I, Doug Pagitt, am going to Phoenix this week for the FutureGen conference and a few of us are going to get together on Monday night at 8 PM at Aunt Chiladas Restaurant to hangout - if you are in the area come and join us.
Hi, friends -
Grace and I are just past halfway through a trip around the world speaking and networking with people who are part (or becoming part) of the emergent conversation. We began in Sydney, graciously hosted by our friends Fuzz and Carolyn Kitto. The first event had about 180 people in attendance (they had hoped for 100, so this was very encouraging). Guests came from across denominational lines and included a number of denominational leaders, along with plenty of church planters and other interesting folk. Response was very positive. The organizing group - Converse - has an exciting future!
While in Sydney, I had my first day "out of the pulpit" after 24 years as a pastor at Cedar Ridge. (The previous Sunday didn't count because we crossed the International Date Line, passing from Saturday night directly to Monday morning!) It was a completely free day for us. We had an experience that I thought I'd share. Although it wasn't in a church building, it was a truly holy and glorious moment and I felt God spoke to me through it.
We walked down to the "Circular Quay" where the famous Sydney Opera House is situated. Across from the Opera House is a district called "The Rocks" - full of shops, sidewalk booths, etc. It was a perfect summer day, beautiful breeze, blue sky, sailboats filling the bay behind us. A jazz group was playing on a stage in a courtyard, and we got something to eat and enjoyed their music. A middle-aged couple got up and started dancing - they were amazing! Then an old lady got up, then an old man, and soon there were half-a-dozen people spontaneously dancing to this beautiful music - blues, swing, etc.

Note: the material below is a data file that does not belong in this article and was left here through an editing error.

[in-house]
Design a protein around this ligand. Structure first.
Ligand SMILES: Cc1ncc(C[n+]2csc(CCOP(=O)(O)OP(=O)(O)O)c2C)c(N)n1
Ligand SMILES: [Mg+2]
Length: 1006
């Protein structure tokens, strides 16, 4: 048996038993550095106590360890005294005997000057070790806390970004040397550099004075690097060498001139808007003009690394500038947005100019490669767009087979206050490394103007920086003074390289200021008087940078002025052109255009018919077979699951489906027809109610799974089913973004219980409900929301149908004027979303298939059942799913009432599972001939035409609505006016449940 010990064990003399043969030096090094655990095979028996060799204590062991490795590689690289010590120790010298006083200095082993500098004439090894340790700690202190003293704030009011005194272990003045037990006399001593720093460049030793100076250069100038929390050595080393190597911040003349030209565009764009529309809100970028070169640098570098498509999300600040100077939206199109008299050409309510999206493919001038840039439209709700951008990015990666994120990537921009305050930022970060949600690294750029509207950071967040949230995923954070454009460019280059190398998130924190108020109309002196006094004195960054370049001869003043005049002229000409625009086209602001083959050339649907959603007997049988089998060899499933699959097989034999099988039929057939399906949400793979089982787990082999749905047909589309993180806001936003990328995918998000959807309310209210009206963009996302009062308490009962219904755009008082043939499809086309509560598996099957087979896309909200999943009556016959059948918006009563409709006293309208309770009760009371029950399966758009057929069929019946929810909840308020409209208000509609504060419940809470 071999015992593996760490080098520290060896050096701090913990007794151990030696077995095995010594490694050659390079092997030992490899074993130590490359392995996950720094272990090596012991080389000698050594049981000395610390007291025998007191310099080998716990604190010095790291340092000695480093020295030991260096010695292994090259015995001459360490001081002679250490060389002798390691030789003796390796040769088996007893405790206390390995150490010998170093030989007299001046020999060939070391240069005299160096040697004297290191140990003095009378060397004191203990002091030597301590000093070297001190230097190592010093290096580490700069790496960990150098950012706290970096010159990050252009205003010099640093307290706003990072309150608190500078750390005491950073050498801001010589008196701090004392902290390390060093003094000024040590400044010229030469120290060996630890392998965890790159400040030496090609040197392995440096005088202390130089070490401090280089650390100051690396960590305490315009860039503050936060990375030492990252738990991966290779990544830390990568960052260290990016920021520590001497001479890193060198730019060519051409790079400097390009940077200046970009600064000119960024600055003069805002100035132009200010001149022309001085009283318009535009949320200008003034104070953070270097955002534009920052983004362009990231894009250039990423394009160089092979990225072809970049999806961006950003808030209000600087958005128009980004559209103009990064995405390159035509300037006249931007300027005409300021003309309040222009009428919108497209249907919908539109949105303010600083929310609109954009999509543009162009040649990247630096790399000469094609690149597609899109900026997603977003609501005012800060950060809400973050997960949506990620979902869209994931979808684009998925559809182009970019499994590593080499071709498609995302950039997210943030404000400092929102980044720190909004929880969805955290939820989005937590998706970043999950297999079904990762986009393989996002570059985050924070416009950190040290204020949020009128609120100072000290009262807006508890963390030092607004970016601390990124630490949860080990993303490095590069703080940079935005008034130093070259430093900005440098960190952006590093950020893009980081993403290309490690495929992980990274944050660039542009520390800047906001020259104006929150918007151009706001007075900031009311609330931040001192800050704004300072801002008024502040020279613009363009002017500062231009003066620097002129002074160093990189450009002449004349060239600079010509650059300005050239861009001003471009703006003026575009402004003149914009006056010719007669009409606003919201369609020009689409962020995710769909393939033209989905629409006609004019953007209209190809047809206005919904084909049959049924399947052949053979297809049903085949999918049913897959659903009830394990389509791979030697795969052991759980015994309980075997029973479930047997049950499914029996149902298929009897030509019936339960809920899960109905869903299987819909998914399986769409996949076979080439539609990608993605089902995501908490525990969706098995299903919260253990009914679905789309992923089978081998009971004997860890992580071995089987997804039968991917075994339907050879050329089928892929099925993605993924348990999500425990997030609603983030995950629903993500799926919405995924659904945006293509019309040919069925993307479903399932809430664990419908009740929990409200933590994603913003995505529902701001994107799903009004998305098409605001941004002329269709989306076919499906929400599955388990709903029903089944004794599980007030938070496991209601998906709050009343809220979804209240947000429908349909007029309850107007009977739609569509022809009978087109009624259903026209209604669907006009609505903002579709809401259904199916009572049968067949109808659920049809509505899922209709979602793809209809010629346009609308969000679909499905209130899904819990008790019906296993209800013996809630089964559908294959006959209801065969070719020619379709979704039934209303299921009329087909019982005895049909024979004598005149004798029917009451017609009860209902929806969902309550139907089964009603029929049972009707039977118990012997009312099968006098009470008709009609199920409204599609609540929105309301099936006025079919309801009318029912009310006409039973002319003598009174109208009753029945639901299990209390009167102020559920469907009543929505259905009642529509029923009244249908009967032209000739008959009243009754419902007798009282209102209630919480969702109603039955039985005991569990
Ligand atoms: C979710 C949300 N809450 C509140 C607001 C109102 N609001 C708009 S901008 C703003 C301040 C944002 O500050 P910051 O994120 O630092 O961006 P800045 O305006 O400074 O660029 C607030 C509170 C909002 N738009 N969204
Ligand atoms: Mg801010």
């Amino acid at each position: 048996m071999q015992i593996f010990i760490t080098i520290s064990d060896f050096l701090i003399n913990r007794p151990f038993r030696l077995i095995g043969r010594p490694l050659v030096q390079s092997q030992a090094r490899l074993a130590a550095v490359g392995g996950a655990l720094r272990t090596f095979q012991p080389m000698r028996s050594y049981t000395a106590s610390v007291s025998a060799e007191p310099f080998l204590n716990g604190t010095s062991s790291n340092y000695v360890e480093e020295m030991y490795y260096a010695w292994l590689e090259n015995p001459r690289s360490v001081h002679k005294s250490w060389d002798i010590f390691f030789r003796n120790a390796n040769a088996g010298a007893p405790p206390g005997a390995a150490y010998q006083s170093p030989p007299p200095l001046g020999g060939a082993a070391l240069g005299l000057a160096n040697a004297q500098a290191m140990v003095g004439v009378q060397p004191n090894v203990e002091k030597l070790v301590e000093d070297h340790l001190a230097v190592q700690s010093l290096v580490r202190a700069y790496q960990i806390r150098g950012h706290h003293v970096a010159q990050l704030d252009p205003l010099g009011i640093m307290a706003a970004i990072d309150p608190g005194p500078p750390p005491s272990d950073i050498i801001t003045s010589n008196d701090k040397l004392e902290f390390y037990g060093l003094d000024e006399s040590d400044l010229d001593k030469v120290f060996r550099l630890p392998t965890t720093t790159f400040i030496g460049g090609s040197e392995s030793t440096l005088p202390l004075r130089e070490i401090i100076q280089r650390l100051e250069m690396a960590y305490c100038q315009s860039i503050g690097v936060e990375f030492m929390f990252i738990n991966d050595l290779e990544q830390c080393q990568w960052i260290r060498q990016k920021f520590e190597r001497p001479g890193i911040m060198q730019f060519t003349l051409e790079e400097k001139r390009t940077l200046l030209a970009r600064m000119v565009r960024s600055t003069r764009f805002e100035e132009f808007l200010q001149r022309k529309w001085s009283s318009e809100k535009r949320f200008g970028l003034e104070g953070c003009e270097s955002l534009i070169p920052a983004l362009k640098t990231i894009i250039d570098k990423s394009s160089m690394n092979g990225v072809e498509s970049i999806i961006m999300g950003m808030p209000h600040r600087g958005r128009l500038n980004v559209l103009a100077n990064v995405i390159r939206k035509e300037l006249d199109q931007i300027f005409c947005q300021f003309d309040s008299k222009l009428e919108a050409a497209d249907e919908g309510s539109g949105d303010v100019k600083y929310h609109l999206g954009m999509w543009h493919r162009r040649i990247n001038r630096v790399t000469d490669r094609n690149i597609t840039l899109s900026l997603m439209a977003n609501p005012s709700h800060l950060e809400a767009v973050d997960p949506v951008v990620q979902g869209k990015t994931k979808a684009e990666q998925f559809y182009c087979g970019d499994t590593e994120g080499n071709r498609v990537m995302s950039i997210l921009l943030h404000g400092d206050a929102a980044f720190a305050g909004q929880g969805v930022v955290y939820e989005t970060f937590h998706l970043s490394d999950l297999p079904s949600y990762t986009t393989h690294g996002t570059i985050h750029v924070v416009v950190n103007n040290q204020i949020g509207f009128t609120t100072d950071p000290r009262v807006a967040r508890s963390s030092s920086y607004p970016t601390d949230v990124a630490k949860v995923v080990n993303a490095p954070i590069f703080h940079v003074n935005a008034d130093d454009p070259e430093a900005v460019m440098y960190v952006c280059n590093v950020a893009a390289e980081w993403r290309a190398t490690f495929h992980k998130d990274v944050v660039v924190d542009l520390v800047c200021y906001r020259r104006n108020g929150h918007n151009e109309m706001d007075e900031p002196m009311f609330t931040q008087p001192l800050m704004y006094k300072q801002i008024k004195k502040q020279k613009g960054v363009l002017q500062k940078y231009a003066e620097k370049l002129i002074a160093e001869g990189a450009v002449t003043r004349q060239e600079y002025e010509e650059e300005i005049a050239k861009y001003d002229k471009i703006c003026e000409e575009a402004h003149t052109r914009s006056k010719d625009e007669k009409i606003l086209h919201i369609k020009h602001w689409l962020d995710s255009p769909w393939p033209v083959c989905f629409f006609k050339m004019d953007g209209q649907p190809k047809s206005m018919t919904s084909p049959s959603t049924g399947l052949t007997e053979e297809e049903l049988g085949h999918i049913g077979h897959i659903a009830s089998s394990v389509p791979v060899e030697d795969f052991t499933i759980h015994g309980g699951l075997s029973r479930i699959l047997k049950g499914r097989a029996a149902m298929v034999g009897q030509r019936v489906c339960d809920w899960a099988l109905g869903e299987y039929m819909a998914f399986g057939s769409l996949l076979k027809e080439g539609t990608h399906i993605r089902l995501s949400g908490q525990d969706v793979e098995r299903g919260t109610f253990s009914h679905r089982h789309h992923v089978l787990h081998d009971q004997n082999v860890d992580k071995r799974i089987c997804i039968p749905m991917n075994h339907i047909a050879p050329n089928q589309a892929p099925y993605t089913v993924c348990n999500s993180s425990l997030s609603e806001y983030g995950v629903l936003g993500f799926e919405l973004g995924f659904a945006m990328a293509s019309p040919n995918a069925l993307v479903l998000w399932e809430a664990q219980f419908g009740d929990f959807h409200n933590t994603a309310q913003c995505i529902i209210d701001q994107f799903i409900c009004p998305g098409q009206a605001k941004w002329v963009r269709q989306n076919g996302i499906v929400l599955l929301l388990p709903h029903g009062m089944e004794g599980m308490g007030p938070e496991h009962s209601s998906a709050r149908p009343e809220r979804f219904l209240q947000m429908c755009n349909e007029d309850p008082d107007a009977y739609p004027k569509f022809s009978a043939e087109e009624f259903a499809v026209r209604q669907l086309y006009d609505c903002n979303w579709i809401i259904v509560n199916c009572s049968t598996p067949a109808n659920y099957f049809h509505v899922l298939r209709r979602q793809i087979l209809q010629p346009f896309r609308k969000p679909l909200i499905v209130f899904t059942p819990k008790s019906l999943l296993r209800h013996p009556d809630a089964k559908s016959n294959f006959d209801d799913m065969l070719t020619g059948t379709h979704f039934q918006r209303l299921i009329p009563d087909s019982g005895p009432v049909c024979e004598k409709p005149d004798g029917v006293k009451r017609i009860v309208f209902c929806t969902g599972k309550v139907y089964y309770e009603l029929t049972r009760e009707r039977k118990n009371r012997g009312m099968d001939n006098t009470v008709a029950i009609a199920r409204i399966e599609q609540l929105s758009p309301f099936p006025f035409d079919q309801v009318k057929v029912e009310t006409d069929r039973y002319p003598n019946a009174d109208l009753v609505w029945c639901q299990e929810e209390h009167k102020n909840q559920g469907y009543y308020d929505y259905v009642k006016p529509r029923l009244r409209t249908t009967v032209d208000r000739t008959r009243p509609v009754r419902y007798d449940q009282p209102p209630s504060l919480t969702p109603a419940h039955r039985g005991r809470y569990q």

Near the stage, I noticed a five or six year old boy who appeared mentally handicapped. He was absolutely entranced with the music. He put up a fist to his mouth as if it were a trumpet and pretended to play it with his other hand. Soon, without realizing it, he had moved out beside the stage. His eyes were closed and he was playing his heart out on his imaginary trumpet. The sax player noticed this, and the hopped off the stage and stood beside the young guy. When he opened his eyes, the sax player started dancing around as he played and the little boy followed his lead. Then the trumpet player saw them, and he came down. The little boy in between the two musicians ... "playing" and dancing in an obvious state of ecstasy - the audience started applauding and I know my eyes were overflowing with tears to see something so beautiful and spontaneous and glorious.
Then I looked back to where the boy had been, and his grandfather was standing there in obvious delight to see his grandson so happy. I leaned over to Grace and whispered, "It's a glimpse of the kingdom of God."
It was a perfect end to our time in Sydney, and that scene will stay with me as a reminder that God is at work everywhere, if only we have eyes to see.
From there we went to Melbourne where we were hosted by Mark and Robyn Pierson at the Urban Seed headquarters. Fantastic organization and people! Mark arranged a number of gatherings - with pastors from the Uniting Church, with pastors from the Baptist Churches, and with a variety of people at Tabor College, an interdenominational school with Pentecostal roots. Each event was full of interested and gifted people, and I left very much encouraged by the response.